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Survivorship Fallacy

(also known as: survivorship bias)

Description: This is best summed up as "dead men don't tell tales." In its general form, the survivorship fallacy is basing a conclusion on a limited number of "winner" testimonies due to the fact we cannot or do not hear the testimonies of the losers. This is based on the cognitive bias called the survivorship bias.

Logical Form:

There are X winners and Y losers.

We only hear the testimonies of the winners.

Therefore, our conclusion is based on X winners.

Example #1:

Let's use the example of automobile accidents since we have relatively good data on these. According to the National Highway Traffic Safety Administration, roughly 32,000 people die each year on the roads in the United States. The number of people involved in fatal accidents is roughly double that amount, meaning that about half of the people survive, and half die. Let's say that 80% of people involved in a fatal accident reach out for supernatural help. Given an even distribution among survivors and non survivors this would mean that 25,600 people who reach out for supernatural help die and 25,600 who reach out for supernatural help live to tell about it. Now we need to add in the 20% of survivors who did not reach out for supernatural help that lived: 6,400. So what we end up with is a group of 32,000 survivors, 80% of whom appear to have been saved by supernatural intervention. Of course, dead men don't tell tales, so we forget about the 80% of those who died and reached out for supernatural help and didn't get it. Because of the survivorship bias, we have a radically biased sample that leads to a fallacious conclusion.

Example #2:

The survivorship bias is used by scammers and con artists who take advantage of the "statistically ignorant" public. One common scam is something I call the "prophetic investor." The scammer will send an e-mail to a very large group of people (say 10 million) with a claim that they have a perfect track record for picking winning investments. But they tell you not to take their word for it, let them prove it you by picking a stock a day for 7 days in a row that increases in value. Then, they say when you are convinced, call them and invest with them. Here's how the scam works:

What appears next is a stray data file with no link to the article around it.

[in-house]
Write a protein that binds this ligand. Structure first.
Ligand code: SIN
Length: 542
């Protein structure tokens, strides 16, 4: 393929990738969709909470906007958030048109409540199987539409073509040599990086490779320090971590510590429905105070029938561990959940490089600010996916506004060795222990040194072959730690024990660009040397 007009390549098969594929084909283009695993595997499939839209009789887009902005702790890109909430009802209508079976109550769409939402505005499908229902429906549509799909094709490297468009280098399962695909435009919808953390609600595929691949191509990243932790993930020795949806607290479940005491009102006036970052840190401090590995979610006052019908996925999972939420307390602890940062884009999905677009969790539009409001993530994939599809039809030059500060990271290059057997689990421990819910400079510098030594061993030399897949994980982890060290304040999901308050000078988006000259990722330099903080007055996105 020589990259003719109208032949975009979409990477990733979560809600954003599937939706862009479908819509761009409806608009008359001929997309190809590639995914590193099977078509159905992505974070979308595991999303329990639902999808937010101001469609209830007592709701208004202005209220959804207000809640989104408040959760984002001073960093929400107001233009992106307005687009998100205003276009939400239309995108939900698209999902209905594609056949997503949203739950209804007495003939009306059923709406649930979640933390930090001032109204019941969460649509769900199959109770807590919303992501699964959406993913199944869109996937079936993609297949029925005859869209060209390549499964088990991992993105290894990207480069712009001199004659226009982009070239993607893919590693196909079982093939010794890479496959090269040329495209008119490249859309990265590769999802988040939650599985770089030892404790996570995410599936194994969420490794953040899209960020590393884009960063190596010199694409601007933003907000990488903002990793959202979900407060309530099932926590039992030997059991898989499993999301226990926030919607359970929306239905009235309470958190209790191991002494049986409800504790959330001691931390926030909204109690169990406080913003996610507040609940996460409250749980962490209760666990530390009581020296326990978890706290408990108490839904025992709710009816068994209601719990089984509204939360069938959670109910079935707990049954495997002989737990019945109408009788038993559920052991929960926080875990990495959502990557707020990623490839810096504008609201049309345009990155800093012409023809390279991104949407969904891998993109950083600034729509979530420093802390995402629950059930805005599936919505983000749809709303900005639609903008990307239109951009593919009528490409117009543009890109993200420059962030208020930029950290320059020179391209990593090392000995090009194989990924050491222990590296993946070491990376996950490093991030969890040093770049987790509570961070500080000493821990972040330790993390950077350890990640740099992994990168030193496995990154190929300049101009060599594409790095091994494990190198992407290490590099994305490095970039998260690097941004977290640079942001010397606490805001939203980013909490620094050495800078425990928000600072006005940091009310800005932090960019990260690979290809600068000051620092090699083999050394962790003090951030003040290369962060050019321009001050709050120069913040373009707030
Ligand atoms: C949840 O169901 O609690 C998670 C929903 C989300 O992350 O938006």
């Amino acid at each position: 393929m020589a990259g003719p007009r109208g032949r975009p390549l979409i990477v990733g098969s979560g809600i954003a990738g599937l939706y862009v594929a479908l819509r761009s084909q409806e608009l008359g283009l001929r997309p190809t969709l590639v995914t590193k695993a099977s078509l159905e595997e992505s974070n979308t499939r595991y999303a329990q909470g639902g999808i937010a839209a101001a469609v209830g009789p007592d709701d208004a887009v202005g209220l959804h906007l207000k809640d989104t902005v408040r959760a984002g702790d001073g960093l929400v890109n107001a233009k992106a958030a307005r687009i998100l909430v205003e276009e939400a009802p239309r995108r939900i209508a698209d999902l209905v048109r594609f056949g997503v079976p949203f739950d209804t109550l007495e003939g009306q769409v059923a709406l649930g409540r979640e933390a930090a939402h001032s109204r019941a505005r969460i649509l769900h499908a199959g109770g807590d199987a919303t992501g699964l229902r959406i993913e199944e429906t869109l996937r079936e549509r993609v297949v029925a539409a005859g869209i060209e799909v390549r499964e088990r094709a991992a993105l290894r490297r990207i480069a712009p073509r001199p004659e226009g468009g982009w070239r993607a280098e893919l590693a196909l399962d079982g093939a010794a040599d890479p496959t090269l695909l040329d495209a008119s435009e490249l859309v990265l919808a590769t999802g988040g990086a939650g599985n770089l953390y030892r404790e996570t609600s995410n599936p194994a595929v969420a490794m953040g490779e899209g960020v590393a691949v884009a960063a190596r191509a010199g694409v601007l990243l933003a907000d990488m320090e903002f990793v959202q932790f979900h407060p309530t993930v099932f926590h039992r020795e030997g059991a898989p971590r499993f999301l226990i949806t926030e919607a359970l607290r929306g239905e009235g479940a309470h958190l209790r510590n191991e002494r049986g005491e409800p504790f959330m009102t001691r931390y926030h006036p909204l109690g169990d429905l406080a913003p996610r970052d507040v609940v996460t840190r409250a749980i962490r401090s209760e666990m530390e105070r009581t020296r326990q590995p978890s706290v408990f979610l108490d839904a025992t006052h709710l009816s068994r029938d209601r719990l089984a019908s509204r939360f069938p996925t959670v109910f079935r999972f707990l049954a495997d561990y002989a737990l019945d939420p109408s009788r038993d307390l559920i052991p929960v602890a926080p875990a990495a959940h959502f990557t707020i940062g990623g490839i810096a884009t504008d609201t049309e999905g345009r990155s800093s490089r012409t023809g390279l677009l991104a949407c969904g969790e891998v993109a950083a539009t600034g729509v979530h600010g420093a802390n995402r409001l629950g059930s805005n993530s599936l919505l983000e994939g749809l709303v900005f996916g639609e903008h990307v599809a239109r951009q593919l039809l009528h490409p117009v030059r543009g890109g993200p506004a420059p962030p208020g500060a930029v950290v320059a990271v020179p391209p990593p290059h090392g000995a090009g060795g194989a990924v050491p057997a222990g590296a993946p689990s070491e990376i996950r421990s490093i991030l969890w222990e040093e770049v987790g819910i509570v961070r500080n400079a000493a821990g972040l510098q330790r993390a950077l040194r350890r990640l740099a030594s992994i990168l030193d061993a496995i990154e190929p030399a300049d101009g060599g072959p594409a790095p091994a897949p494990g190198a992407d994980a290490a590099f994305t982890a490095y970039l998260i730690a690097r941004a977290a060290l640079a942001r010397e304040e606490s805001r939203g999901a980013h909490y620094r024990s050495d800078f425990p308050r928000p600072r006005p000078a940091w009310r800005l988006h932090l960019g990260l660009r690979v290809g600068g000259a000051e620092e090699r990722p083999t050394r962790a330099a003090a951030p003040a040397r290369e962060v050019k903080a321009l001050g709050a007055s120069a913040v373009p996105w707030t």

Day 1: Five different stocks are chosen, and each stock is sent to 2 million people as the winning pick. Let's say three of those stocks make money, and two don't. The 4 million people who received the stock pick that lost money are removed from the list (kind of like dying).

Day 2: Another 5 stocks are chosen. This time, each stock is only sent to the "survivors," about 1.2 million people each get a new pick. Out of that group, perhaps just two stocks are winners. That means that 2.4 million people got the winning stock: two days in a row! You can see where this is headed...


Day 7: After the final day of sending, about 100,000 "survivors" remain on the list. These are people who have been sent the winning picks 7 days in a row and are convinced that the "investor" must be legitimate. After all, what are the chances that anyone would pick 7 winning stocks in a row with that much confidence?

Tip: Whether someone is selling you investment services or a religion, think about the survivorship bias and how you might be jumping to an inaccurate conclusion.


Swedroe, L. E. (2005). The Only Guide to a Winning Investment Strategy You’ll Ever Need: The Way Smart Money Preserves Wealth Today. St. Martin’s Press.

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